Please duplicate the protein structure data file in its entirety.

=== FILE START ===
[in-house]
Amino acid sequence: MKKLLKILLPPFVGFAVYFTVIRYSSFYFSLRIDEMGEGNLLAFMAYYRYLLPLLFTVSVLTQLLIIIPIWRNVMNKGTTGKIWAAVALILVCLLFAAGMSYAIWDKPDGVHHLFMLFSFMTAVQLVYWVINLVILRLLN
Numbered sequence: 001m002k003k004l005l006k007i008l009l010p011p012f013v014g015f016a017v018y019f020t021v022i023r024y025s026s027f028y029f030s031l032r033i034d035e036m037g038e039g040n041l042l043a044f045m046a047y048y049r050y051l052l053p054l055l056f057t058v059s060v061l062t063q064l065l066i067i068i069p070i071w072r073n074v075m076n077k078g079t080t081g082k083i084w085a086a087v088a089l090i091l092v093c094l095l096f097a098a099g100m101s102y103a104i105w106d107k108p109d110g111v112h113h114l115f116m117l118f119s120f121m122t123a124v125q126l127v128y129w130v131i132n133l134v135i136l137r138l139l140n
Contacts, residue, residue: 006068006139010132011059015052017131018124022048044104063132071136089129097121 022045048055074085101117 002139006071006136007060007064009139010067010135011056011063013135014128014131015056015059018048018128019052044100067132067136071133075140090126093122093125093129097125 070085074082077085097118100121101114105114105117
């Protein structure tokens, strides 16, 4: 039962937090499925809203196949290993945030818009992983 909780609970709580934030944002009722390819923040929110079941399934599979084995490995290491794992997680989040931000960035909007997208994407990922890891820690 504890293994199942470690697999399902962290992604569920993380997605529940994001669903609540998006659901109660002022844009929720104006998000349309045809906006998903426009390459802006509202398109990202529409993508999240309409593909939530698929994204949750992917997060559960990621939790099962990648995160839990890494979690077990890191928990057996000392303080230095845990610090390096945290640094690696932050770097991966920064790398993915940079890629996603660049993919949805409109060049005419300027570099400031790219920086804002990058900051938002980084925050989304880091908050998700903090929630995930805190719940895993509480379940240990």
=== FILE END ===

[in-house]
Amino acid sequence: MKKLLKILLPPFVGFAVYFTVIRYSSFYFSLRIDEMGEGNLLAFMAYYRYLLPLLFTVSVLTQLLIIIPIWRNVMNKGTTGKIWAAVALILVCLLFAAGMSYAIWDKPDGVHHLFMLFSFMTAVQLVYWVINLVILRLLN
Numbered sequence: 001m002k003k004l005l006k007i008l009l010p011p012f013v014g015f016a017v018y019f020t021v022i023r024y025s026s027f028y029f030s031l032r033i034d035e036m037g038e039g040n041l042l043a044f045m046a047y048y049r050y051l052l053p054l055l056f057t058v059s060v061l062t063q064l065l066i067i068i069p070i071w072r073n074v075m076n077k078g079t080t081g082k083i084w085a086a087v088a089l090i091l092v093c094l095l096f097a098a099g100m101s102y103a104i105w106d107k108p109d110g111v112h113h114l115f116m117l118f119s120f121m122t123a124v125q126l127v128y129w130v131i132n133l134v135i136l137r138l139l140n
Contacts, residue, residue: 006068006139010132011059015052017131018124022048044104063132071136089129097121 022045048055074085101117 002139006071006136007060007064009139010067010135011056011063013135014128014131015056015059018048018128019052044100067132067136071133075140090126093122093125093129097125 070085074082077085097118100121101114105114105117
């Protein structure tokens, strides 16, 4: 039962937090499925809203196949290993945030818009992983 909780609970709580934030944002009722390819923040929110079941399934599979084995490995290491794992997680989040931000960035909007997208994407990922890891820690 504890293994199942470690697999399902962290992604569920993380997605529940994001669903609540998006659901109660002022844009929720104006998000349309045809906006998903426009390459802006509202398109990202529409993508999240309409593909939530698929994204949750992917997060559960990621939790099962990648995160839990890494979690077990890191928990057996000392303080230095845990610090390096945290640094690696932050770097991966920064790398993915940079890629996603660049993919949805409109060049005419300027570099400031790219920086804002990058900051938002980084925050989304880091908050998700903090929630995930805190719940895993509480379940240990």